A number of important precedent-setting decisions by the Israel Tax Authority and the Ministry of Finance played a role in making the acquisition of Mobileye by Intel, the most lucrative acquisition ever of an Israeli company, possible. One of these decisions was to allow Intel to pay most of its tax on the deal in dollars, rather than shekels.
Another was a pre-ruling by Tax Authority head Moshe Asher allowing the deal to be classified as a pure sale of shares. Asher was faced by a tax dilemma, revealed for the first time in "Globes": whether to create a precedent for taxing the deal as nothing other than a share transaction, even though some of the deal involved a sale of assets. Classifying the deal as partly a sale of assets, however, could have prevented the deal altogether.
The reason why this dilemma arose was Mobileye's "dual citizenship" as both a Dutch and an Israeli company, after Mobileye "immigrated" to Israel a few years ago. Mobileye was originally registered in Cyprus, and then later in the Netherlands, through careful tax planning and offshore companies (registered in a tax shelter country). All this was legal and under the Tax Authority's watchful eye, with tax arrangements being set affecting the transfer of high-tech intellectual property from Israel to overseas. Such a measure has certain consequences. For years, Mobileye was in the tax jurisdiction of foreign countries. Several years ago, however, Mobileye "patriotically" moved to Israel, and all of its profits have been taxed in Israel ever since.
In the sale of Mobileye to Intel, however, Mobileye's dual identity as a company registered both in the Netherlands and Israel forced the company to reach a special arrangement for tax purposes, which the Tax Authority head had to approve. Section 5(5) of the acquisition agreement set a condition for completing the deal - a pre-ruling by the Tax Authority to the effect that even though the deal was partly a sale of assets, it would taxed as a one-stage deal at the same rate as a pure sale of shares.
The complexity of Mobileye's legal structure meant that the sale was conditional on compliance with Dutch, US, and Israeli law. One of the laws in the Netherlands states that in order to approve a deal for the sale of shares, holders of at least 95% of the issued shares in Mobileye must positively approve the deal. In their negotiations, the parties showed their awareness of this Dutch requirement, and therefore stated that if more than 66%, but less than 95%, of the shareholders approved the deal, Intel would purchase the holdings of shareholders who positively agreed to the deal. This put the ball into Asher's court; he had to decide whether to agree to regard the deal as purely a sale of shares.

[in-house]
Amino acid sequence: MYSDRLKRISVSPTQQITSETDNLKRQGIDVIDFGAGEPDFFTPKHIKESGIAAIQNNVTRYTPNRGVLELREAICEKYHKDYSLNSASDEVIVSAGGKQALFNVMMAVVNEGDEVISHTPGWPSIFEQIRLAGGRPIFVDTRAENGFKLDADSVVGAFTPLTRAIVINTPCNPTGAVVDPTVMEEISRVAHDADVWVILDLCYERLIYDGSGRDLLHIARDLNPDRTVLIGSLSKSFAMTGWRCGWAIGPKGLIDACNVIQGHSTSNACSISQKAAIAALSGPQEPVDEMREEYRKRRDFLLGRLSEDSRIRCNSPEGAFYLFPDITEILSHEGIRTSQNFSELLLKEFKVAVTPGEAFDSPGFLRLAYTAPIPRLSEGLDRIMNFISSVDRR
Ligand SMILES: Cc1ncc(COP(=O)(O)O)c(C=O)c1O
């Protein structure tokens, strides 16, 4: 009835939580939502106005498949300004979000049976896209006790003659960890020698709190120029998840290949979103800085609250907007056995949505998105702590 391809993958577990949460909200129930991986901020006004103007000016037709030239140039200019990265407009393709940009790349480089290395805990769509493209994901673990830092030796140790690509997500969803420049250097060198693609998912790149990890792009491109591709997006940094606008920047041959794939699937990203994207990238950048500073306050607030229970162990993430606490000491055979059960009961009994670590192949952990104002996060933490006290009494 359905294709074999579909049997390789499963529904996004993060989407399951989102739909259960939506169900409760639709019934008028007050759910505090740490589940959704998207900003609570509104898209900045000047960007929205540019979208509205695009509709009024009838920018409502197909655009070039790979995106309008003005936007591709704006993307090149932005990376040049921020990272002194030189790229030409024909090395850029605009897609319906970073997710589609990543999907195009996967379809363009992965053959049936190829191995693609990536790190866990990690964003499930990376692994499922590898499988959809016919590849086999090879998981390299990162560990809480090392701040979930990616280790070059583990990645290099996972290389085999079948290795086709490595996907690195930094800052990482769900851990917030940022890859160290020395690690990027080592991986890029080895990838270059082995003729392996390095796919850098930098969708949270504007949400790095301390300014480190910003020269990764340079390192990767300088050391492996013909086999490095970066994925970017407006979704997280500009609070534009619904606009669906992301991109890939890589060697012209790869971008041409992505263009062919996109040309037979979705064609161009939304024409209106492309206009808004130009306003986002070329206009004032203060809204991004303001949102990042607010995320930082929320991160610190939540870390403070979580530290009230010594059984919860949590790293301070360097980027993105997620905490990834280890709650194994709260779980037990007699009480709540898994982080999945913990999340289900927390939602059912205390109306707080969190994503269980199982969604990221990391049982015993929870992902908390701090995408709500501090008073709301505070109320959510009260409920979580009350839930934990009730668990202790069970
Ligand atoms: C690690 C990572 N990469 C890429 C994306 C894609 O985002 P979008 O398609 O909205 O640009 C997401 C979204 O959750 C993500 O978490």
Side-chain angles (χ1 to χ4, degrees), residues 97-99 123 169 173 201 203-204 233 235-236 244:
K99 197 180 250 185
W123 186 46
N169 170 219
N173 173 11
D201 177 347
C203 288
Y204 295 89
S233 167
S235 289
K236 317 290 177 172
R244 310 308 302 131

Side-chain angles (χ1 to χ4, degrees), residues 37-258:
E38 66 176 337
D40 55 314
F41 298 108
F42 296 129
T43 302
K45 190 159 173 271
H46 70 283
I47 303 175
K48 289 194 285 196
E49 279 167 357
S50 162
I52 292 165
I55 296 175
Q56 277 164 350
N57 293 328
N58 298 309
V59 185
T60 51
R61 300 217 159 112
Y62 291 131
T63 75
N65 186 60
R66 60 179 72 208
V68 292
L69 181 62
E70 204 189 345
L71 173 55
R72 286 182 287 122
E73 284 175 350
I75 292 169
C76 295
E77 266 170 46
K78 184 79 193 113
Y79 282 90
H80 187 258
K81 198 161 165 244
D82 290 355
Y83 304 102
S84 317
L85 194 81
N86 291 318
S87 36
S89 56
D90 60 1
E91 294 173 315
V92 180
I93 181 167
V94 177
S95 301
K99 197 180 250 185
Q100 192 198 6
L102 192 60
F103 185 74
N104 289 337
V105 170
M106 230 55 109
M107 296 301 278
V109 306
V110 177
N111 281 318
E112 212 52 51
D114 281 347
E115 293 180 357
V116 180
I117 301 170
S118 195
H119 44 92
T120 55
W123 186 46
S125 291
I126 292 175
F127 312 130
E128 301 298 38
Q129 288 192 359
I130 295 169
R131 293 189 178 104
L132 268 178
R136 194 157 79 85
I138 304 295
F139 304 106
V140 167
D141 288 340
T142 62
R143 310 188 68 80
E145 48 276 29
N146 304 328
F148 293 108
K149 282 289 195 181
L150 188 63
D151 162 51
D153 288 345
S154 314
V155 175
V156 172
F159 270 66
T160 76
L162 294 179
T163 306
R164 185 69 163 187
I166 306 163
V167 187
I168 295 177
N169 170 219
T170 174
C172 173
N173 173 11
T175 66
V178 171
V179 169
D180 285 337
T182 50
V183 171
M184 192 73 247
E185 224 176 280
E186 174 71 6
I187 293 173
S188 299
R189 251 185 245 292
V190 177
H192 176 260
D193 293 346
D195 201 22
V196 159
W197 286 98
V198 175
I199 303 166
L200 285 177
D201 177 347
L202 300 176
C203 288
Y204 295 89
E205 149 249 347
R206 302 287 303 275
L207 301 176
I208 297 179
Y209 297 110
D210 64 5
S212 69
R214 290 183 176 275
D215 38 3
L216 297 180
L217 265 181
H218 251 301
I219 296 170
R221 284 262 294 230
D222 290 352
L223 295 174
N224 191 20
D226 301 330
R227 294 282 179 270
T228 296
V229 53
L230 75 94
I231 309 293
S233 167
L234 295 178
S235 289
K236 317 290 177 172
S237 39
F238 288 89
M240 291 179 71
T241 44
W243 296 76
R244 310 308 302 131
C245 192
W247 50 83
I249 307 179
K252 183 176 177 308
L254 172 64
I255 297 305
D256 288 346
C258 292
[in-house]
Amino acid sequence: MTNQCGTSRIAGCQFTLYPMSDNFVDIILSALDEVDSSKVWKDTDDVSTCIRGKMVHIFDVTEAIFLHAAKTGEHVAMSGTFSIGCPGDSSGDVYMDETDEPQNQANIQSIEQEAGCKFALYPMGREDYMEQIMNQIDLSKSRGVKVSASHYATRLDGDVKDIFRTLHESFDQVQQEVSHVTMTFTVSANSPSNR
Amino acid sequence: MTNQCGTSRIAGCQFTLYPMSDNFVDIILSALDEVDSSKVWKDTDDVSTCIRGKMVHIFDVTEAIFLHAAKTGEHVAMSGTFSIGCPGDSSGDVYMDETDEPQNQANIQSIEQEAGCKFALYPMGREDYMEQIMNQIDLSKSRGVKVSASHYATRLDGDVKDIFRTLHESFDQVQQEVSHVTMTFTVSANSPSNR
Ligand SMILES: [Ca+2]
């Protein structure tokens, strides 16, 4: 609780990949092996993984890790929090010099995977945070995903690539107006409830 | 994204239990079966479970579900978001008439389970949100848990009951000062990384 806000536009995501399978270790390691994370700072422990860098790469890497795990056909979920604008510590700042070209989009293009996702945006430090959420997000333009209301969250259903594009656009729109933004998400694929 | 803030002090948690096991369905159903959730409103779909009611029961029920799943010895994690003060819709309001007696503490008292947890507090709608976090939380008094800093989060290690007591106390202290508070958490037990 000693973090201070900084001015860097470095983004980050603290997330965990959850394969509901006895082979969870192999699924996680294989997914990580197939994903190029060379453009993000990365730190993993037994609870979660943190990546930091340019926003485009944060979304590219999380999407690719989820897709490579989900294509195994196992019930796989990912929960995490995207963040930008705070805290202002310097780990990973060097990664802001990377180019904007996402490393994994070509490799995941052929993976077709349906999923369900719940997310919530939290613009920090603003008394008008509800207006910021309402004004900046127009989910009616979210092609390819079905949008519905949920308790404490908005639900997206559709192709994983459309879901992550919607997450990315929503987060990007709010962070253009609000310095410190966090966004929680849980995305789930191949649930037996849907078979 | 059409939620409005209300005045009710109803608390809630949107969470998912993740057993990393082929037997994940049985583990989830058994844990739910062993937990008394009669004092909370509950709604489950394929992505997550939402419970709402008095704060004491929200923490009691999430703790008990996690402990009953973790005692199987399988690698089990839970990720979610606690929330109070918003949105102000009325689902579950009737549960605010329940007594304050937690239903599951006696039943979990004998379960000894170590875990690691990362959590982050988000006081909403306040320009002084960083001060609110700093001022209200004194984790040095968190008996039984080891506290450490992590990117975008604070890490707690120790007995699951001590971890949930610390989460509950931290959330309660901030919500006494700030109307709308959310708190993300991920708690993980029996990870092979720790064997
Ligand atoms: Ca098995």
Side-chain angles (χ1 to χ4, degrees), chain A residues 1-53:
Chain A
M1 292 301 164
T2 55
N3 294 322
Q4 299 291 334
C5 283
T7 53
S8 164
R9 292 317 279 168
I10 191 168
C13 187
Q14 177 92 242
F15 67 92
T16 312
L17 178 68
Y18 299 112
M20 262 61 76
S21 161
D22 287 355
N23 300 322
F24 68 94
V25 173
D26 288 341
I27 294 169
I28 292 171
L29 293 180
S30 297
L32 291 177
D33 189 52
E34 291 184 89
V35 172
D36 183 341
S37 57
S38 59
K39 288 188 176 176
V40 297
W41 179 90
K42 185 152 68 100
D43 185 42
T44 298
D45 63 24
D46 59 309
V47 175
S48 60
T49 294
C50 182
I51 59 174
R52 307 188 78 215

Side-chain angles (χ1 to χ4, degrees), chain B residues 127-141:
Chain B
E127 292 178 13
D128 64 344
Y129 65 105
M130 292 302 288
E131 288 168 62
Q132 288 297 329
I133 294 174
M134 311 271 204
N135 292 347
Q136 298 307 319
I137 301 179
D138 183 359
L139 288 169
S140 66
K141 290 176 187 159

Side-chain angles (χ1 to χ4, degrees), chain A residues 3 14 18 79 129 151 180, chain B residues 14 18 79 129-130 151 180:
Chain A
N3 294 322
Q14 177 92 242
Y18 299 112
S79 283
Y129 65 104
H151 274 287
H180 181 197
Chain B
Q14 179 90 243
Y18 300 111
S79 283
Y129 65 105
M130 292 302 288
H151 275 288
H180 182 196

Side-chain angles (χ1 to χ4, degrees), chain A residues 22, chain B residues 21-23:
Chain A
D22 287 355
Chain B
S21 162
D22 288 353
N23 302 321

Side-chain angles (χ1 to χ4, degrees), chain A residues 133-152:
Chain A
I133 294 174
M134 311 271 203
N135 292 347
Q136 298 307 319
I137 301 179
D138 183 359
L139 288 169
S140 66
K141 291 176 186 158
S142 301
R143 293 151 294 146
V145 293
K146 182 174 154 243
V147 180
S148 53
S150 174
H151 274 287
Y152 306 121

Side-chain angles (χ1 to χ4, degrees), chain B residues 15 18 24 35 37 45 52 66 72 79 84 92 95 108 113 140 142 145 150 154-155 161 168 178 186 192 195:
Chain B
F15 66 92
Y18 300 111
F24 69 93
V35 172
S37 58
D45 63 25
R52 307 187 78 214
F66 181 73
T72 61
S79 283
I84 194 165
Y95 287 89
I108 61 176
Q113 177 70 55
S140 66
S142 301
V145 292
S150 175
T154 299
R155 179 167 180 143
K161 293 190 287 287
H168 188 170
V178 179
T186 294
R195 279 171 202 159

An unusual and exceptional case
For tax purposes, a share sale transaction is classed as a capital transaction. The tax rate in a capital transaction on the capital gain generated for each of the Israeli shareholders is 25-30%. In the case of a share transaction, taxes are paid only on the holdings of Israeli residents in the shares of the company being sold.
In an asset sale transaction, on the other hand, the company sells its assets to some buyer and then distributes all or some of the proceeds to its shareholders as a dividend or payment resulting from liquidation. Such a deal is subject to taxation in two stages. The first is capital gains tax, which the company whose assets were sold pays at the same rate as corporate tax - 24%. The second is a 25-30% tax on the distribution of the dividend to the shareholders, usually as part of the company's liquidation. The overall tax on the deal is in the 40-50% range. Asher's decision means NIS 2.5-4 billion less in taxes for the Tax Authority. Sources inform "Globes" that even though a precedent was set foregoing a given amount of tax, Asher did not hesitate for long before issuing a pre-ruling allowing the Mobileye-Intel deal to be taxed as only a sale of shares. According to informed sources, one of his considerations in his ruling was the fact that the deal was very unusual, and his opinion that the state should not create an obstacle that could thwart it.
The Tax Authority said in response, "Due to the obligation of confidentiality imposed by law, we are unable to comment on the matter." Tax Authority sources, however, told "Globes" that special cases require special arrangements, and that this was one such case. One Tax Authority source involved in approving the deal said, "We had to make a special ruling, because the company involved was a Dutch and Israeli company. That is not relevant to most deals in Israel, in which there are no such special and specific conditions. Any other case coming to the Tax Authority with special circumstances will be considered on its merits, but where are there any other such deals with taxes in the billions and specific figures like these?"
A battery of tax lawyers faced the Tax Authority head and the Ministry of Finance. Advocate Yaniv Shekel from the Shekel & Co. law firm and Advocate Tal Atzmon from the Goldfarb law firm represented Mobileye, and Advocate Dr. Eran Lempert from the Yigal Arnon & Co. law firm represented Intel.
Published by Globes [online], Israel Business News - www.globes-online.com - on August 9, 2017
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